Superman is approached by Lenny Luthor, Lex Luthor’s nephew, who asks him to rid the world of nuclear weapons. Superman agrees and travels to the White House, where he meets with President Ronald Reagan. Superman then uses his heat vision to destroy all the world’s nuclear missiles.
Meanwhile, Lex Luthor has created a new villain, Nuclear Man, who is powered by the sun. Nuclear Man is sent to attack Superman and the two battle across the globe. Superman eventually defeats Nuclear Man and returns to Metropolis.
Superman Returns (2006)
Superman Returns is a 2006 American superhero film directed by Bryan Singer and written by David S. Goyer. It is the sixth film in the DC Comics series of Superman films and stars Brandon Routh, Kate Bosworth, Kevin Spacey, Parker Posey, James Marshall, and Frank Langella.
The story takes place ten years after the events in Superman II (1980) and five years before those in Superman III (1983). Set primarily at the Daily Planet building in Metropolis, it follows the efforts of its publisher Lex Luthor (Kevin Spacey), who uses his influence to manipulate events behind the scenes so that he can sell more papers. Lois Lane (Kate Bosworth) tries to uncover this but is repeatedly thwarted by her editor-in-chief Perry White (James Marshall), who sees her as competition for his job and his affections for her.
Man of Steel (2013)
Superman is one of the most iconic heroes in pop culture, and he’s appeared on the big screen many times over the years. The Man of Steel is a reboot of the franchise that tells the story of Clark Kent (Henry Cavill) as he discovers his superhuman abilities and sets out to become a hero in Metropolis. This action-packed movie features many special effects and great fight scenes, so it’s sure to appeal to superhero fans.
The cast includes Henry Cavill as Superman, Amy Adams as Lois Lane, Diane Lane as Martha Kent, Kevin Costner as Jonathan Kent, Laurence Fishburne as Perry White, and Michael Shannon as Zod. If you’re a fan of comic book movies, you won’t want to miss this one!
Batman v. Superman: Dawn of Justice (2016)
Batman v. Superman: Dawn of Justice is a movie that is part of a larger cinematic universe called the DC Extended Universe. It is a sequel to the 2013 film Man of Steel. This film is notable for being the first time that the Man of Steel and the Dark Knight have appeared on the big screen together. It also features the first cinematic version of Wonder Woman.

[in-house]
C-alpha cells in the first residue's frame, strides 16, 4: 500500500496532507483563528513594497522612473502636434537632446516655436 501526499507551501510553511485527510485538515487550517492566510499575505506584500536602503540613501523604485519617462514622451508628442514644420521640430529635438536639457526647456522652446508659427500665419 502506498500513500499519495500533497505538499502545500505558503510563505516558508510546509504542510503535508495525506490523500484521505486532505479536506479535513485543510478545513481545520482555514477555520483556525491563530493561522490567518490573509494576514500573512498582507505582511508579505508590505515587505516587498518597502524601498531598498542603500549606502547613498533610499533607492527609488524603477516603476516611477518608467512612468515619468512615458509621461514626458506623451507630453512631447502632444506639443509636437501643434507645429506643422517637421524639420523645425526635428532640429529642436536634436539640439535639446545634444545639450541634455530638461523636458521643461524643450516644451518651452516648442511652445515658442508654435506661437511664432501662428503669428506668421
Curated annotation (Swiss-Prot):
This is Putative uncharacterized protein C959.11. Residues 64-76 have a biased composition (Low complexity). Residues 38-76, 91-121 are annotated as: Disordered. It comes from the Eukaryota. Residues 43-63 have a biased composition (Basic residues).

The story of Batman v. Superman begins with Superman trying to implement a better method of monitoring the world for potential threats and keeping the peace. Meanwhile, Batman has been fighting crime in Gotham City for ten years. He has grown increasingly disturbed by Superman’s actions and fears that he may one day turn evil.
Justice League (2017)
The Justice League has appeared in many different forms over the years. The first incarnation of the team consisted of Superman, Batman, Wonder Woman, Flash, Green Lantern, Aquaman, and Cyborg. The Justice League is a team of superheroes that band together to protect the world from global threats.
The story of Justice League begins when Batman and Wonder Woman investigates an attack on a remote military base. They find the base has been attacked by Steppenwolf and Darkseid, members of a race of intergalactic aliens called the New Gods. The New Gods have come to Earth to find three artifacts known as “Mother Boxes.”
Superman Movies in Order Christopher Reeves
- Superman I
- Superman II
- Superman III
- Superman IV
Superman Movies in Order Henry Cavill
- Man of Steel
- Batman vs Superman
- Justice League
- Man of Steel II
The history of Superman movies is a long one, and it shows no sign of ending anytime soon. There are several films planned for release in the coming years, and there are many more in the pipeline. In addition to the films, there are also several different TV shows in various stages of production. Whether you’re a lifelong fan of the superhero or simply want to explore one of the most famous fictional characters of all time, these films are well worth watching.